Presenting Complaint

Lung cancer of any type may present with symptoms related to:

  • Local Disease (dyspnoea, cough, haemoptysis, pain, hoarse voice, upper body swelling due to SVC obstruction)
  • Paraneoplastic disease (hypercalcaemia, syndrome of inappropriate ADH)
  • Metastatic disease (bony pains, headache/confusion from cerebral metastases)

In small cell lung cancer, these complaints are often present for a shorter period of time due to the rapidity of disease growth. SCLC is commonly located within the central parts of the lung, leading to an increased likelihood of hoarse voice and SVC obstruction. Brain metastases are also more commonly seen at diagnosis when compared to non-small cell lung cancer. The paraneoplastic syndromes are also more commonly associated with small cell lung cancer. SIADH is seen in about 15% of SCLC patients. A lesser number of patients develop Cushing's disease from tumour production of adrenocorticotrophic hormone (ACTH). Finally, neurological paraneoplastic syndromes can be seen in SCLC. The hypothesis is that antibodies directed against the neuroendocrine small cell lung cancer cells may cross-react against neurons or other normal tissues. This is true of Lambert-Eaton myasthenic syndrome and a number of other neurological paraneoplastic syndromes. Neurological decline may be rapid and permanent, leading to death from this complication rather than the tumour bulk.

Past History

Patients may have a past history of smoking related diseases, such as cardiovascular disease or chronic obstructive pulmonary disease. Other diseases which may limit the applicability of radiotherapy or chemotherapy should be evaluated (eg. connective tissue or joint diseases, previous radiotherapy treatment for a different cancer).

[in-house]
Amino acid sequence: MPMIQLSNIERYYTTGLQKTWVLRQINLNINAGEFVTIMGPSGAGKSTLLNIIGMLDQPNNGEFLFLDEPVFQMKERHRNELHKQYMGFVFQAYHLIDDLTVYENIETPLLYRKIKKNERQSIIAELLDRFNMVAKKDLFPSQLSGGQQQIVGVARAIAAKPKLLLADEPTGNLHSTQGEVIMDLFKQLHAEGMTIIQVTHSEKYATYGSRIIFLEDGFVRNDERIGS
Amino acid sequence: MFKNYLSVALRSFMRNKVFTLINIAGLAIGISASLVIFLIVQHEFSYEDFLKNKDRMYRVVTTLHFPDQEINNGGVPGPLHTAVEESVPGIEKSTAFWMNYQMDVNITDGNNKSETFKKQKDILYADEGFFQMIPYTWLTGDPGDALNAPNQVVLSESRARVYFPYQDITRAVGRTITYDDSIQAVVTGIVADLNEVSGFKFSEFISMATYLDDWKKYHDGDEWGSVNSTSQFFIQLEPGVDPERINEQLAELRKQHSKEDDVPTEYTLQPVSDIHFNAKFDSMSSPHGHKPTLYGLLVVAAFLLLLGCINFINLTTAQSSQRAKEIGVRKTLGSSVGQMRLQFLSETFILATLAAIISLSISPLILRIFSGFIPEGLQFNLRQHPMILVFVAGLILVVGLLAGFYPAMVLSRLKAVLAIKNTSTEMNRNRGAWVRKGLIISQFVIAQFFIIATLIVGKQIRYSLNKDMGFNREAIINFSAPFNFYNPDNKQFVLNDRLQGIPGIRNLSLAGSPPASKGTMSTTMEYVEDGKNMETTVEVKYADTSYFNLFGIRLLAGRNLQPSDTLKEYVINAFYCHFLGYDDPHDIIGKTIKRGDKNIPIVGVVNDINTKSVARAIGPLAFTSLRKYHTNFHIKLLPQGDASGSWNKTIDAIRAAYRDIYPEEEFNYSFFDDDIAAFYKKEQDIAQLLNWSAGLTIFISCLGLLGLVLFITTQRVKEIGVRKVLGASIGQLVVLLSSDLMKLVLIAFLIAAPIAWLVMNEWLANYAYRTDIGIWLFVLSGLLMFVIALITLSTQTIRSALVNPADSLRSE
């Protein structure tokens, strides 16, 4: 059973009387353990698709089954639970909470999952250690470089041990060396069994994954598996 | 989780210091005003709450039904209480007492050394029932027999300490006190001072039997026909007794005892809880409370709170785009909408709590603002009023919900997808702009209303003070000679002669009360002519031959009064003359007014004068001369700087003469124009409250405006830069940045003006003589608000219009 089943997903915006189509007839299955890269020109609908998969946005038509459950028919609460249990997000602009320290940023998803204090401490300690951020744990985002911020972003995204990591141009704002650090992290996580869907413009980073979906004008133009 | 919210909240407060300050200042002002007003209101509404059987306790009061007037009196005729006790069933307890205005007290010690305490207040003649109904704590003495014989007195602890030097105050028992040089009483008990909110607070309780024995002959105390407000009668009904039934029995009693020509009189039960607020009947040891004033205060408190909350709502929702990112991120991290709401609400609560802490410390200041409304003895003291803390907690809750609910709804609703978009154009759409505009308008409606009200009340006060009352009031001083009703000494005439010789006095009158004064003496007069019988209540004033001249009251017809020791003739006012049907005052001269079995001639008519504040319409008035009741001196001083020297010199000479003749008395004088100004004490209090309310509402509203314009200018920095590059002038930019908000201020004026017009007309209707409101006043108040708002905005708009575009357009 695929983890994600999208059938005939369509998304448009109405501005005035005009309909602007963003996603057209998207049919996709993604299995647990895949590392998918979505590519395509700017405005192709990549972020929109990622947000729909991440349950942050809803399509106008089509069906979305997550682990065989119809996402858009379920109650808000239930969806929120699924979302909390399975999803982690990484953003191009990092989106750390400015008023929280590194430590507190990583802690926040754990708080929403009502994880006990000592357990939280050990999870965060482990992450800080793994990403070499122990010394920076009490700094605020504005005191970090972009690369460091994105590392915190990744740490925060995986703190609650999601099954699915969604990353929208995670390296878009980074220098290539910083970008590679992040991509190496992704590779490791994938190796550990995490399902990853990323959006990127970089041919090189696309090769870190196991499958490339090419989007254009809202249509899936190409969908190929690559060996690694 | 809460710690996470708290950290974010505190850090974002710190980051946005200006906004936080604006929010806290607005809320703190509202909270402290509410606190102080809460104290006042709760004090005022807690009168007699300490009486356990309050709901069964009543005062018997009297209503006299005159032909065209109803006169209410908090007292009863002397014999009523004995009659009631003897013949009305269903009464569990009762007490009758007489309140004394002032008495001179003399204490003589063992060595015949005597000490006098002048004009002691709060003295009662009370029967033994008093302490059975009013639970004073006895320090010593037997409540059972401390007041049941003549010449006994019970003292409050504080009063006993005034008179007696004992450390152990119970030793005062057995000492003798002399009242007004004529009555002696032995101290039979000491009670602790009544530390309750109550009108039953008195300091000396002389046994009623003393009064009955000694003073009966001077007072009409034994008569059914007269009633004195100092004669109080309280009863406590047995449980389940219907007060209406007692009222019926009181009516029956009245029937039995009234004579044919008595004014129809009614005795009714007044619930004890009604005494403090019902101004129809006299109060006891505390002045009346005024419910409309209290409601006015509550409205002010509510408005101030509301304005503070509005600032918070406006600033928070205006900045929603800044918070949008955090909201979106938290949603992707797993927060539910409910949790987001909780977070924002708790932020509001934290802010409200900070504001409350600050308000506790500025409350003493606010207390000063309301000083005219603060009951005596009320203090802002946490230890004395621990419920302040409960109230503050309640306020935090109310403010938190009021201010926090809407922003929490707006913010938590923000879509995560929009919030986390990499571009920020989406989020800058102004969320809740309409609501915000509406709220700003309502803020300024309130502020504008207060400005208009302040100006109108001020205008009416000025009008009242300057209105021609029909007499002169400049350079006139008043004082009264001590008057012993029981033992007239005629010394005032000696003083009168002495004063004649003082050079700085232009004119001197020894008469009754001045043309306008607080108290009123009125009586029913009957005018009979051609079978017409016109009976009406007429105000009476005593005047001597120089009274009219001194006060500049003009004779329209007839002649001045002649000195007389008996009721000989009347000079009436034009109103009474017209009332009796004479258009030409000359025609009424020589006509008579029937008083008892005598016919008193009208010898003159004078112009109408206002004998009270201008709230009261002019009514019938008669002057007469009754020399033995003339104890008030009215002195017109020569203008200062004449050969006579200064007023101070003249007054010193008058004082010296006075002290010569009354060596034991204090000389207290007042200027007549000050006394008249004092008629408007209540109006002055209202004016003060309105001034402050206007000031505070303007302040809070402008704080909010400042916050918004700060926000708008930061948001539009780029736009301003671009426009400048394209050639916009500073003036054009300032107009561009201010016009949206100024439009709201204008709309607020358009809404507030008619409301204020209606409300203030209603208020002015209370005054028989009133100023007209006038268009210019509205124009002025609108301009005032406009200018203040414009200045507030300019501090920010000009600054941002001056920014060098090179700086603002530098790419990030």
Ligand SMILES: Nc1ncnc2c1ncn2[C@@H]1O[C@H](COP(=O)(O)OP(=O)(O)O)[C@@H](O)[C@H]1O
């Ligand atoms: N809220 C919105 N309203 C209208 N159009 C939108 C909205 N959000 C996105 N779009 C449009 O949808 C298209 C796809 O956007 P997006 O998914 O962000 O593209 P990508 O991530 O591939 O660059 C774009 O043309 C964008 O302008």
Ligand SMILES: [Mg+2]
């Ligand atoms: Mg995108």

It is important to document the use of radiosensitising agents (eg. methotrexate).


No specific questions.

Family History

Specific familial mutations leading to lung cancer are difficult to identify. Those who smoke are likely to have relatives who smoke, and therefore higher rates of lung cancer are expected.

Social History

The patients ability to manage the intensive chemotherapy (and/or radiotherapy) schedule should be identified. Rural patients may need to spend a significant portion of time away from home.


Examination should be directed to:

  • Identifying extent of local disease (full respiratory examination)
  • Identifying lymphatic spread (supraclavicular fossa)
  • Identifying metastatic disease (abdominal examination, neurological examination if indicated on history)


Standard bloods should be ordered:

  • Full blood examination (evidence of anaemia or bone marrow failure)
  • Renal function and electrolytes (evaluation of SIADH or derangement of other electrolytes due to paraneoplastic processes)
  • Liver function tests


Plain X-Ray

Although lung cancer may be visible on plain x-ray of the chest, it provides insufficient information in the modern day to guide treatment decisions.

CT Chest/Upper Abdomen

The staple test of lung cancer imaging. The CT allows:

  • Determination of the size and location of the primary tumour